Why has Houston’s weather turned into Seattle?

Very warm, moist air in combination with a relatively colder air mass is a good recipe for fog, and that’s just what we’re going to have the next couple of days until a cool front moves through Friday. A dense fog advisory is in effect until 10am this morning, and even by then some areas may be slow to clear. Also, after the forecast, I discuss why our weather has been Seattle-like of late.


Temperatures are considerably warmer this morning, with overnight lows settling into the upper 50s and not falling any further. After the fog dissipates later this morning, or by noon, it will reveal—you guessed it—more cloudy skies above. Some light scattered showers will also be possible as high temperatures generally climb into the low 70s.

Expect a warm, gray day today. (Pivotal Weather)



Expect another warm night, and this time low temperatures probably will only fall into the 60s. We’ll see more fog developing during the overnight hours, especially along the coast, where it probably will continue to play havoc with maritime activities. A chance of light rain will remain before noon, but I still have some hope that the region will see clearing skies later in the day. I’m hoping for some sunshine and highs in the mid-70s. Enjoy it, because this will probably be the only sunshine for awhile.

Friday, Saturday, and Sunday

The one bit of good news in today’s forecast is that the weekend outlook is finally coming into better focus—even if the forecast is pretty lousy. Thursday night and Friday will again be warm, and highs Friday should climb into the low 70s under mostly cloudy skies. Again, we’ll see a decent chance of mostly light rain showers. A cold front will then move through later in the day, probably the early evening hours or so. Lows Friday night should fall into the upper 50s.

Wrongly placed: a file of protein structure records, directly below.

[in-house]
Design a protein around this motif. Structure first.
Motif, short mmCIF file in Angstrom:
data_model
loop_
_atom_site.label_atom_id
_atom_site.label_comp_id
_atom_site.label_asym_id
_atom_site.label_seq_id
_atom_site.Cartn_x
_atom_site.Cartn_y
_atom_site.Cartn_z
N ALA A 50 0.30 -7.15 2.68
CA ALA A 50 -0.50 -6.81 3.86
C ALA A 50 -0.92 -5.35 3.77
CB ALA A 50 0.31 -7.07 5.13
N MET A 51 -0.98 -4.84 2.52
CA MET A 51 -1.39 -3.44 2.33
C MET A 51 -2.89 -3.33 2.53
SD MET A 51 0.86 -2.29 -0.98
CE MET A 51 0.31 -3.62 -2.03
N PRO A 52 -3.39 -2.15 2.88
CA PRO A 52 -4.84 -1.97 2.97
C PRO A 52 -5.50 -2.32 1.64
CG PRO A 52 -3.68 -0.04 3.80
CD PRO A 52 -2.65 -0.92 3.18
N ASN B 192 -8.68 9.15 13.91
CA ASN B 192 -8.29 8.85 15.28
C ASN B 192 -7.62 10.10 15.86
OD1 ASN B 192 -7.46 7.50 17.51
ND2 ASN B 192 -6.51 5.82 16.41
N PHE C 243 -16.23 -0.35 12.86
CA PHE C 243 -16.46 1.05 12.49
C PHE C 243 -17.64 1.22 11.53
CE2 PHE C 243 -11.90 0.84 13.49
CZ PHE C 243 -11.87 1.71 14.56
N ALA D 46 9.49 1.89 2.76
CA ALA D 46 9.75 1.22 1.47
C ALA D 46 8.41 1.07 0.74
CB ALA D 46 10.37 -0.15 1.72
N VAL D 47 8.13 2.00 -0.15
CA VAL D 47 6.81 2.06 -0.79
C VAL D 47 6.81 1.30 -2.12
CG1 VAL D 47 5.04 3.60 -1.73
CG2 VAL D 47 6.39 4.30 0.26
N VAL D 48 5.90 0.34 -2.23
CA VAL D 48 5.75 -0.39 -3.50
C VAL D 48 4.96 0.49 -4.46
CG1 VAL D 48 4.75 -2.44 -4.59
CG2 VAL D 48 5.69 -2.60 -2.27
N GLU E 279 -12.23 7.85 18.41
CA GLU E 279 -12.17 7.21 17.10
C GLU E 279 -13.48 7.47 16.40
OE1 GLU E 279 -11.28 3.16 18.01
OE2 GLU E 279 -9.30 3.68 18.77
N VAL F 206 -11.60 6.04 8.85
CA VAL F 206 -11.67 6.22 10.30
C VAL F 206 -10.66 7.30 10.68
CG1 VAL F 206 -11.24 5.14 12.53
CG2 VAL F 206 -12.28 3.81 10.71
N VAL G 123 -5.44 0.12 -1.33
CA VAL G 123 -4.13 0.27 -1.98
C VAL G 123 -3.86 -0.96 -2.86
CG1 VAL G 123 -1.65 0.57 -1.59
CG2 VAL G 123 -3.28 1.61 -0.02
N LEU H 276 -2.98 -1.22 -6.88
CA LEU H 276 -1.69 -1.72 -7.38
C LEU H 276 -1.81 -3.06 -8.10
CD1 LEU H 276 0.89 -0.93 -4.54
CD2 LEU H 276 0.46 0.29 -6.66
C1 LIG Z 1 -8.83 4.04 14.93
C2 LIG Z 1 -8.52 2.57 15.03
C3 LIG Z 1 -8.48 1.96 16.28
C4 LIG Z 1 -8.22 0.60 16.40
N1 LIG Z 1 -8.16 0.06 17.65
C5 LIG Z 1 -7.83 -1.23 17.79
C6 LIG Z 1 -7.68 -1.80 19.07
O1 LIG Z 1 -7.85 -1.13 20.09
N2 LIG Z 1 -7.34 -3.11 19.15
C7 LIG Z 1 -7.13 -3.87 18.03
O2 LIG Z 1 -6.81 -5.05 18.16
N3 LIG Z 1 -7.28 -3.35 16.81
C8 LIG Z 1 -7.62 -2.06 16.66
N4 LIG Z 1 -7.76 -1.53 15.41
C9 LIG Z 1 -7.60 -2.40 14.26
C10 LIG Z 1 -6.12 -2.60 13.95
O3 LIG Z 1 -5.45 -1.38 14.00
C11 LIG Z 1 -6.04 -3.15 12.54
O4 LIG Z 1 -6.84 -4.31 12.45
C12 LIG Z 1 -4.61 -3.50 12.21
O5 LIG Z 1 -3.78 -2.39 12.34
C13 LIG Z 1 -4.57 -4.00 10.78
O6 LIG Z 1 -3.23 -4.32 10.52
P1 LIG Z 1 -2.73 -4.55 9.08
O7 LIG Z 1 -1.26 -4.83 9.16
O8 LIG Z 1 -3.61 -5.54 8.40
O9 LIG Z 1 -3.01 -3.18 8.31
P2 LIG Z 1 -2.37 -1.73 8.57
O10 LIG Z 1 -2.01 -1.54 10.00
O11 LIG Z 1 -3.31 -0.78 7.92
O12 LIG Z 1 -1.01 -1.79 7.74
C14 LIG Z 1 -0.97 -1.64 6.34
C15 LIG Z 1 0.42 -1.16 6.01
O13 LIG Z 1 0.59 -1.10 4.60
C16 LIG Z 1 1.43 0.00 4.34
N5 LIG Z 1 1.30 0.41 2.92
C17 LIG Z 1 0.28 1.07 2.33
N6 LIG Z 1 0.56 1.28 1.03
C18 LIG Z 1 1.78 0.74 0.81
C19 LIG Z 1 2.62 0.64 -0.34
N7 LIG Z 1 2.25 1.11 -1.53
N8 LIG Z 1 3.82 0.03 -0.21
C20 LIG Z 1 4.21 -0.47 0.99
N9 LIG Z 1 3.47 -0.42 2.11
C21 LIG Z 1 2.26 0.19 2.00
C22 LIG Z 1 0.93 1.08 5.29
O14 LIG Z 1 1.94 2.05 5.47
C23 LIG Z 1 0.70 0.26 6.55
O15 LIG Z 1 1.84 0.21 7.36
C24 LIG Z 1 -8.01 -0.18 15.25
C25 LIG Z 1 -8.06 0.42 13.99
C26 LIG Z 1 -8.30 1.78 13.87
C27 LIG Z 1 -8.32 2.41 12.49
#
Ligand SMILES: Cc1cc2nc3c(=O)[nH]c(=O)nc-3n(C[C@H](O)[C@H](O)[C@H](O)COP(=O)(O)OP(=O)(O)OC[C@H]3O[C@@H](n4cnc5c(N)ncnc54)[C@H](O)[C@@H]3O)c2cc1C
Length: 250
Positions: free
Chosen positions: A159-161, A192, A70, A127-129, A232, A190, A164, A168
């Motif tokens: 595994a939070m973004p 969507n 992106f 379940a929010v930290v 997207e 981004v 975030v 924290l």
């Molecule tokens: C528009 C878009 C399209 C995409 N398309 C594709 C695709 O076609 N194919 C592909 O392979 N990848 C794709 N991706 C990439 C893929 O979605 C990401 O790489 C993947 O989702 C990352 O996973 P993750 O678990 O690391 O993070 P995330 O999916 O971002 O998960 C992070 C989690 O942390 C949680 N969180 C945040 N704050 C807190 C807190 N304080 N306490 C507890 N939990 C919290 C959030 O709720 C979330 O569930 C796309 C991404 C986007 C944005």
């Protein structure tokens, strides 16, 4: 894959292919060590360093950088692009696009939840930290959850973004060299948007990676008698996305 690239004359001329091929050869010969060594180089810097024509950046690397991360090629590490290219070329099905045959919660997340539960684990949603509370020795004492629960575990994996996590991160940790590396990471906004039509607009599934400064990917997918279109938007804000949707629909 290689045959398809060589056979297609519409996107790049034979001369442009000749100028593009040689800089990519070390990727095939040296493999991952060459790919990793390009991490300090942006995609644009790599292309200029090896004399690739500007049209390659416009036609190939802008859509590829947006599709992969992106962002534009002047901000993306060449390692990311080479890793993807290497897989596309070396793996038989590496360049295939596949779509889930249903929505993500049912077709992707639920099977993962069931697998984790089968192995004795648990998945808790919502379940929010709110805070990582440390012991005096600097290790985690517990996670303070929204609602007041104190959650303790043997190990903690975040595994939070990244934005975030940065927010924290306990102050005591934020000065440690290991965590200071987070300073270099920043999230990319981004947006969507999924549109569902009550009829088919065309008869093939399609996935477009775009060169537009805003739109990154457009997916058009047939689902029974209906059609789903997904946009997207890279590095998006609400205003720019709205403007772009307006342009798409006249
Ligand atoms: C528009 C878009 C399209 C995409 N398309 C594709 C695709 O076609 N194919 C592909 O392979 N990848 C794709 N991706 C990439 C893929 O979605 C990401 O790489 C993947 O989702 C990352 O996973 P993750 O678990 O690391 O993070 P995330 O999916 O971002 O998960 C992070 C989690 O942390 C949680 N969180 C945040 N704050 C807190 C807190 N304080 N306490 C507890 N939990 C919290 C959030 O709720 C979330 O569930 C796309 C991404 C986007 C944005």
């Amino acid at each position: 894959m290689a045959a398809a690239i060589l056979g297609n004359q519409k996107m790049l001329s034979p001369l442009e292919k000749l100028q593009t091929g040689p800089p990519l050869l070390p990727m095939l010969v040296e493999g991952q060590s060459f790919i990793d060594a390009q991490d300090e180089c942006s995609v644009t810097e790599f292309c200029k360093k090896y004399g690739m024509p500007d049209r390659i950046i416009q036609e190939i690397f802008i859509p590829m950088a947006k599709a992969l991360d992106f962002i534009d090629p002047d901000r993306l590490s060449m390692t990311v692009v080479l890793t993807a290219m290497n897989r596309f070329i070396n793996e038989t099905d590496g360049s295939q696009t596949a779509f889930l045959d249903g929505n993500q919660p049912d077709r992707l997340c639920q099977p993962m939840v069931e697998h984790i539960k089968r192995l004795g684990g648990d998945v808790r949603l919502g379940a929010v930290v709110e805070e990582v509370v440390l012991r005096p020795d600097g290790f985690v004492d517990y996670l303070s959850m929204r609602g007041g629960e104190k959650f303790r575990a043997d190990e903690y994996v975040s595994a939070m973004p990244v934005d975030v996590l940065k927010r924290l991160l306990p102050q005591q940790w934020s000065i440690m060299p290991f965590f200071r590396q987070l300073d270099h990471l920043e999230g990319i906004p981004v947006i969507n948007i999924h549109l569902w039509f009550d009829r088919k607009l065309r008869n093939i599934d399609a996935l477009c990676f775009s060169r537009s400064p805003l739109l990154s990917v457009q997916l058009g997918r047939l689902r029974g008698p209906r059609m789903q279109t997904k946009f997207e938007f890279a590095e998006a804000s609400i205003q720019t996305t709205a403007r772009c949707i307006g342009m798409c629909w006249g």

This front will not clear things out, however, which I’ll discuss below. Rather, Saturday and Sunday should see continued rain chances (overall accumulations are not too great, probably less than an inch this week for most areas), and cloudy skies to go along with highs in the 60s and lows in the 50s. The onshore flow resumes Sunday so early next week looks warmish again, with prospects for sunshine pretty low for awhile.

Difference in air masses originating from the Pacific (Maritime Polar) and Arctic (Continental Polar). (UC Denver)

Why is our weather an ugh-ly gray mess?

The big-picture reason is that the last couple of fronts we’ve seen (along with the one moving in Friday) originate more from the Pacific Ocean region to our west-northwest, rather than the really cold fronts we saw earlier this winter from Canada and the Arctic region (see graphic above). The Pacific air masses moving in more recently have been more shallow, moist, and relatively warmer. This has meant that we don’t get as much clearing of skies, and enough moisture hangs around in the atmosphere to form clouds, especially as the fronts themselves stall near the coast and then pull back onshore fairly quickly. I am not at all confident when this pattern will break.

13 thoughts on “Why has Houston’s weather turned into Seattle?”

  1. I live in the Clear Lake area but commute to Angleton. Fog in the rural areas is REAL bad. I locked my brakes up to stop maybe 15 feet from a cop standing in the middle of the road. He was parked in my lane with his lights on because someone went in the ditch. I didn’t even see the red and blues until I was RIGHT on him. Be careful out there y’all.

  2. This rain stopped being funny this morning when I slipped and fell on a thin sheet of fine mud on my porch next to the garage. Couldn’t see it at 6:15 AM because it is still dark.

    No real damage except for a bruised arm and bruised ego. Could have been worse.

    We need to dry out.

  3. The weather is still nothing like Seattle. In Seattle, we had windstorm that would knock out electricity for 2 weeks. The Seattle rain drops is tiny and misty.. nothing like the Texas sized tear drops that we have down here.

    • “We been through every kind of rain there is. Little bitty stingin’ rain … and big ol’ fat rain. Rain that flew in sideways. And sometimes rain even seemed to come straight up from underneath.”

      – Forrest Gump

Comments are closed.

%d bloggers like this: